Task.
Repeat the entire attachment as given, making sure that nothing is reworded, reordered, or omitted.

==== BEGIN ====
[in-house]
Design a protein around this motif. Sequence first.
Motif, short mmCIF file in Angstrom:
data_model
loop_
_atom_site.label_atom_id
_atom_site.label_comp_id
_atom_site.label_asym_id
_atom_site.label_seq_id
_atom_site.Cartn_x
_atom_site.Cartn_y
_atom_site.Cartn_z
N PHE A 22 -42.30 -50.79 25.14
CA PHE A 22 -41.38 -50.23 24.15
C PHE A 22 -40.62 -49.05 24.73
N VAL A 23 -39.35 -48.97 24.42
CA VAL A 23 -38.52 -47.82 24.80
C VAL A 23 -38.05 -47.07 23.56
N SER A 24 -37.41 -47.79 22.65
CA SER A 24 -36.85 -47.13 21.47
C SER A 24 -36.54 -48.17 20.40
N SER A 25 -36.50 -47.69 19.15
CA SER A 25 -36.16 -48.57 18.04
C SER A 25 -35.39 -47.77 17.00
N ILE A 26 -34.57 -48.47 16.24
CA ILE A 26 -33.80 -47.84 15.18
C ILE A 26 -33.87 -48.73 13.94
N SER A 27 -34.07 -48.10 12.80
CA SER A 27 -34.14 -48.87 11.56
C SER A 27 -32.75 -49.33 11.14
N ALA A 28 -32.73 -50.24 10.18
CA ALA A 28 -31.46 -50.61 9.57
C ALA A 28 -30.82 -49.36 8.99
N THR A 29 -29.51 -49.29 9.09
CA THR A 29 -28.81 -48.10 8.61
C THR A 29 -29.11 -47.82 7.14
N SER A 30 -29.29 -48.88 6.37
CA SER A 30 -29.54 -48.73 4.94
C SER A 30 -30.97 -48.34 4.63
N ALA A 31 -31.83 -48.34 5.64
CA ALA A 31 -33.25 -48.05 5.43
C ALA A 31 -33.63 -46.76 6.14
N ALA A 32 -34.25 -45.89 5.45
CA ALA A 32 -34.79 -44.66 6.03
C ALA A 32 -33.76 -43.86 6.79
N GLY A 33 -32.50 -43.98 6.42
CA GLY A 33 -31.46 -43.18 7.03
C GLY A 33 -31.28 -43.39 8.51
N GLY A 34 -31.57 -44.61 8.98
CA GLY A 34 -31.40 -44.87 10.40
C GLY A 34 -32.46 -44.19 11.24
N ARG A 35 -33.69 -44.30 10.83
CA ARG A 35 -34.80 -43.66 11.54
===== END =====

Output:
[in-house]
Design a protein around this motif. Sequence first.
Motif, short mmCIF file in Angstrom:
data_model
loop_
_atom_site.label_atom_id
_atom_site.label_comp_id
_atom_site.label_asym_id
_atom_site.label_seq_id
_atom_site.Cartn_x
_atom_site.Cartn_y
_atom_site.Cartn_z
N PHE A 22 -42.30 -50.79 25.14
CA PHE A 22 -41.38 -50.23 24.15
C PHE A 22 -40.62 -49.05 24.73
N VAL A 23 -39.35 -48.97 24.42
CA VAL A 23 -38.52 -47.82 24.80
C VAL A 23 -38.05 -47.07 23.56
N SER A 24 -37.41 -47.79 22.65
CA SER A 24 -36.85 -47.13 21.47
C SER A 24 -36.54 -48.17 20.40
N SER A 25 -36.50 -47.69 19.15
CA SER A 25 -36.16 -48.57 18.04
C SER A 25 -35.39 -47.77 17.00
N ILE A 26 -34.57 -48.47 16.24
CA ILE A 26 -33.80 -47.84 15.18
C ILE A 26 -33.87 -48.73 13.94
N SER A 27 -34.07 -48.10 12.80
CA SER A 27 -34.14 -48.87 11.56
C SER A 27 -32.75 -49.33 11.14
N ALA A 28 -32.73 -50.24 10.18
CA ALA A 28 -31.46 -50.61 9.57
C ALA A 28 -30.82 -49.36 8.99
N THR A 29 -29.51 -49.29 9.09
CA THR A 29 -28.81 -48.10 8.61
C THR A 29 -29.11 -47.82 7.14
N SER A 30 -29.29 -48.88 6.37
CA SER A 30 -29.54 -48.73 4.94
C SER A 30 -30.97 -48.34 4.63
N ALA A 31 -31.83 -48.34 5.64
CA ALA A 31 -33.25 -48.05 5.43
C ALA A 31 -33.63 -46.76 6.14
N ALA A 32 -34.25 -45.89 5.45
CA ALA A 32 -34.79 -44.66 6.03
C ALA A 32 -33.76 -43.86 6.79
N GLY A 33 -32.50 -43.98 6.42
CA GLY A 33 -31.46 -43.18 7.03
C GLY A 33 -31.28 -43.39 8.51
N GLY A 34 -31.57 -44.61 8.98
CA GLY A 34 -31.40 -44.87 10.40
C GLY A 34 -32.46 -44.19 11.24
N ARG A 35 -33.69 -44.30 10.83
CA ARG A 35 -34.80 -43.66 11.54